why planets do not collide while revolving around the sun

Every planet moves in a fixed (almost) circular orbit around the Sun separated from each other by some distance, moving in almost parallel paths. 

This is the reason why they do not collide, although it can happen due to external gravitational disturbances.

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Because each planet is isolated in its own orbit, and the orbits do not cross. We believe that in the very early history of the solar system, when the Sun was new, there may have been dozens or hundreds of planetesmal bodies. Over the course of the first hundred million years or so, all of the ones that might collide did so, and our mature and stable solar system is the result after 4.5 BILLION years.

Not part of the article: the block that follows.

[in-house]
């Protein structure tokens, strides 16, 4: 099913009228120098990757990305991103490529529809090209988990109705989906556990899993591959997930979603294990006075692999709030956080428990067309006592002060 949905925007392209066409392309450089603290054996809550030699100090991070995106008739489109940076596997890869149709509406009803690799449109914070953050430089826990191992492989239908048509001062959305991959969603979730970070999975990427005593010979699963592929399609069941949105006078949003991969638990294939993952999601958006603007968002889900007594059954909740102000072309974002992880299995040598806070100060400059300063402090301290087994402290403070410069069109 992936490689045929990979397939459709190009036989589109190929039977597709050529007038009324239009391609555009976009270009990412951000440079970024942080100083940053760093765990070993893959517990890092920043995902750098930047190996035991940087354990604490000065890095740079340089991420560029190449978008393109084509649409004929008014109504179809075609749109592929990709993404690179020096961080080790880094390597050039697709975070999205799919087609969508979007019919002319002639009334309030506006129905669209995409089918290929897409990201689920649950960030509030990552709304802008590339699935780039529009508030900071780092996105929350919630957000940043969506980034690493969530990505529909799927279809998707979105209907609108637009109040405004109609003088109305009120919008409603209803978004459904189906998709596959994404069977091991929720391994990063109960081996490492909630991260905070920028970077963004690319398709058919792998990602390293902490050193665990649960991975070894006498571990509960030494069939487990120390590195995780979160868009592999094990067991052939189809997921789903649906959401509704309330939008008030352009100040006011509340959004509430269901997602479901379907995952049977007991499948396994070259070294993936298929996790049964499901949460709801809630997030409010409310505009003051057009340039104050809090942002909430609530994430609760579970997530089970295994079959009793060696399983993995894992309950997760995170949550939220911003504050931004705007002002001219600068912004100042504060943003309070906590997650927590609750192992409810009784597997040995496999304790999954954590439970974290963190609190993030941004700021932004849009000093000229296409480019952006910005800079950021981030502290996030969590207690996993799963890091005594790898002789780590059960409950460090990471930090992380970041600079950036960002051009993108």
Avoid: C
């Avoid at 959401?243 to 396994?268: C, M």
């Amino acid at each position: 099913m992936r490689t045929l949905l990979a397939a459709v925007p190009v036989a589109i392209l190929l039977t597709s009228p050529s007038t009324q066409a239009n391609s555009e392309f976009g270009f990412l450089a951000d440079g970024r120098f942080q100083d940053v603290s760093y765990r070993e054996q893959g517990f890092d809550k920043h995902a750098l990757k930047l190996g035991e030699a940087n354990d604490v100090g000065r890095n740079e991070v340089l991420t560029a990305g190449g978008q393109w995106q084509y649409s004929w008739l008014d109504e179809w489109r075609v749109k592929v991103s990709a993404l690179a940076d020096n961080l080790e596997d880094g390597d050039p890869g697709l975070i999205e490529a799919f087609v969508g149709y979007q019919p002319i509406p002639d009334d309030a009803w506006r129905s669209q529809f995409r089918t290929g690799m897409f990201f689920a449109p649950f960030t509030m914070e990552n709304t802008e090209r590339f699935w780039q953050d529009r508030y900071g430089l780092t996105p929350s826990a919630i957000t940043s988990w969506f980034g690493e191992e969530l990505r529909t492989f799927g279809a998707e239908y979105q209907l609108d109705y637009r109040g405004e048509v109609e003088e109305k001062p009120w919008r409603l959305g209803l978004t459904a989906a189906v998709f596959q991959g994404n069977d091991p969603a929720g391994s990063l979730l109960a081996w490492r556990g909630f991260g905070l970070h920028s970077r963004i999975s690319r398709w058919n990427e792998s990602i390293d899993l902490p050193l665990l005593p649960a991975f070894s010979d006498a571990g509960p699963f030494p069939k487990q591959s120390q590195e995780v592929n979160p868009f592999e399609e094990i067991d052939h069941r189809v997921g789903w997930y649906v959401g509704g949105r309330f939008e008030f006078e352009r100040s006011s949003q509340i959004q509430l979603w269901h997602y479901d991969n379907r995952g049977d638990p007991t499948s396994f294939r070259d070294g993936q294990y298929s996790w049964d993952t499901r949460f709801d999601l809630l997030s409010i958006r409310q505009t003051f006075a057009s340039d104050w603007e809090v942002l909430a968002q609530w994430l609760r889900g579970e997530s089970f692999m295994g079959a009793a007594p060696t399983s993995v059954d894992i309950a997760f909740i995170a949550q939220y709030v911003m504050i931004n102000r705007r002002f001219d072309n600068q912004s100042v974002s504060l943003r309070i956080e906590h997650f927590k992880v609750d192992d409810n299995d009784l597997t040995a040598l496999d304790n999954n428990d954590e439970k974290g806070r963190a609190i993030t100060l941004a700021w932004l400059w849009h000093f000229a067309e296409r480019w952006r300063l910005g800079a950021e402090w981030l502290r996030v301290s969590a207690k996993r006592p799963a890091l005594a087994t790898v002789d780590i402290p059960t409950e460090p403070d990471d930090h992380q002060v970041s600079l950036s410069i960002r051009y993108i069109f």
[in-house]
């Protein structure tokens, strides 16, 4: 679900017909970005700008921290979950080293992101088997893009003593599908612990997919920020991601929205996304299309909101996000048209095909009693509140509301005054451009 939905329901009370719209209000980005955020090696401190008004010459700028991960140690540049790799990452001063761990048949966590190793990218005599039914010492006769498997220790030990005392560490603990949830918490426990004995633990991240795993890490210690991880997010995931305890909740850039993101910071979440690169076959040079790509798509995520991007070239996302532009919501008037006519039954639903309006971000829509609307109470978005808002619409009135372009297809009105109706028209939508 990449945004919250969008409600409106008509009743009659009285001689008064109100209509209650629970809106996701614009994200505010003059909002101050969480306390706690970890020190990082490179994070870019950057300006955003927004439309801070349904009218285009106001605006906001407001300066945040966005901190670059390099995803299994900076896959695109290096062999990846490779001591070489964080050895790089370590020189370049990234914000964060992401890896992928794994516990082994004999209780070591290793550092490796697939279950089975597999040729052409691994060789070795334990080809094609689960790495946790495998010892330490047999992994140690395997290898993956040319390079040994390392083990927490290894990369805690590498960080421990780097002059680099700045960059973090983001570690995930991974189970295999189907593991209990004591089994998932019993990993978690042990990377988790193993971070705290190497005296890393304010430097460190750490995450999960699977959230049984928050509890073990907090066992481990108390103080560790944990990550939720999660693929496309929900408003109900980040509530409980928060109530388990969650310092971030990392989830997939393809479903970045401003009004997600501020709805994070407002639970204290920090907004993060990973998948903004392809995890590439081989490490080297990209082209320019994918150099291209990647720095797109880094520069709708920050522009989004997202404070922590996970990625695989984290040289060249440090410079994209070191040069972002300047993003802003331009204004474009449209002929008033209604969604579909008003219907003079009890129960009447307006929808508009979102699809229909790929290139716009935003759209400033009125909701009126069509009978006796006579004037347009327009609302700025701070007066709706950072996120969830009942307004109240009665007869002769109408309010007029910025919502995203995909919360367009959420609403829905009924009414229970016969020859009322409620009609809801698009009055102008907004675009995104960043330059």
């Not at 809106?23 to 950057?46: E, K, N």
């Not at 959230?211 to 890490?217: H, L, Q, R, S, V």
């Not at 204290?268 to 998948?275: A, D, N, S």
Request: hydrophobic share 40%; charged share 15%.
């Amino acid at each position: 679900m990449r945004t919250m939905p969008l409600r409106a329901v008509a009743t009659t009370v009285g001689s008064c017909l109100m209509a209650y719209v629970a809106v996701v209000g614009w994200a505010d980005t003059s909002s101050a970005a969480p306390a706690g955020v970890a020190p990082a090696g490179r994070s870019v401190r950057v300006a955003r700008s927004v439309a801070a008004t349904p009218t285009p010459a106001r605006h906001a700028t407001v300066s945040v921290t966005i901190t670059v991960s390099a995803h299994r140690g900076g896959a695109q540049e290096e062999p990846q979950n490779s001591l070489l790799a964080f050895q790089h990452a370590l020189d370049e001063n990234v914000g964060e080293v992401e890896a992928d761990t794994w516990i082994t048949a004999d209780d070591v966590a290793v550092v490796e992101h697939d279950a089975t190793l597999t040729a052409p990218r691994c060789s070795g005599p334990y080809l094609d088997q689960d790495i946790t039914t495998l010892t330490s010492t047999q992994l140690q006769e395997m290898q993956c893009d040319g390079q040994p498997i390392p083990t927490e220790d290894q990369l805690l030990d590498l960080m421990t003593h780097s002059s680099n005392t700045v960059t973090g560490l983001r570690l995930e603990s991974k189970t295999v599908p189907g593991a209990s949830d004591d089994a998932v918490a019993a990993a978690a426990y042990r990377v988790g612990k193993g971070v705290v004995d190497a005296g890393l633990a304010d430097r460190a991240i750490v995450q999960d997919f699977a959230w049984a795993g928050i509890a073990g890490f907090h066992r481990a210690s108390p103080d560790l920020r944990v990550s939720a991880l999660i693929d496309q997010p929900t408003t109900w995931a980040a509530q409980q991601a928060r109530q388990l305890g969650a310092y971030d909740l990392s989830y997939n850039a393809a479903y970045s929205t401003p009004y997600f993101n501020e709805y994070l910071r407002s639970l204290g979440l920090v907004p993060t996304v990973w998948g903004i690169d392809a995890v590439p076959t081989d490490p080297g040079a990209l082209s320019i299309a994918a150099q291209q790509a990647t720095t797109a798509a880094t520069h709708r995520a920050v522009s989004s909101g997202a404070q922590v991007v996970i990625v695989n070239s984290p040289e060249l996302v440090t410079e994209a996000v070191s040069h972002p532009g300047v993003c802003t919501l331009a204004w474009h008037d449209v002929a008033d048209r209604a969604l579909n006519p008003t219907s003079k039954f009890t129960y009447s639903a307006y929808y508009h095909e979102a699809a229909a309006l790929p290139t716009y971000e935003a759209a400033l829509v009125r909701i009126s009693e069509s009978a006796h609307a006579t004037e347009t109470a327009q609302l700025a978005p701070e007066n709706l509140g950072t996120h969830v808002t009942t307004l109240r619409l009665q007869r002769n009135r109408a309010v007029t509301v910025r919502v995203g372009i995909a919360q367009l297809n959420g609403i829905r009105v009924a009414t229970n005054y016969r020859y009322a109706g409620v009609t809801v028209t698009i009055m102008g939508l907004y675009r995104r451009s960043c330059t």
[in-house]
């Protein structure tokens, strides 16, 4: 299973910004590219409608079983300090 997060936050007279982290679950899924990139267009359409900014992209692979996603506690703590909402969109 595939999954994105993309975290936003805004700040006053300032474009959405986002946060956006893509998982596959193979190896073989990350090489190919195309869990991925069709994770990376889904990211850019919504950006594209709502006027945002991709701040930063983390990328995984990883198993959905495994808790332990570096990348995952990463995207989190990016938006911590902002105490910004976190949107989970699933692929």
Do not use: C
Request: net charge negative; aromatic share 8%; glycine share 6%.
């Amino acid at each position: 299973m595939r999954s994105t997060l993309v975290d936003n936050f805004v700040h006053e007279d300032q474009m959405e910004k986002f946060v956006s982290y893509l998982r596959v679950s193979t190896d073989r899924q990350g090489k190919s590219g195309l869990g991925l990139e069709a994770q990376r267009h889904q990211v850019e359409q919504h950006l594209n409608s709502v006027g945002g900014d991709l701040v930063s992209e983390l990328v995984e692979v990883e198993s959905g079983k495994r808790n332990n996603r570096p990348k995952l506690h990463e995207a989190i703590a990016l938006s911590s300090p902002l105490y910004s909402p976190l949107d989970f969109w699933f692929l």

In fact, we believe that the proto-Earth probably collided with another planet-sized object perhaps as large as Mars. The impact re-formed the Earth as the heavy iron-rich cores of the planets merged, and the lighter debris from the collision probably formed the Moon! This explains why the Earth is more dense than any other planet, and why the Moon is so light in comparison.

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 Because each planet is isolated in its own orbit, and the orbits do not cross. We believe that in the very early history of the solar system, when the Sun is new, there may have been dozens or hundreds of planets and small bodies. Over the course of the first hundred million years or so.

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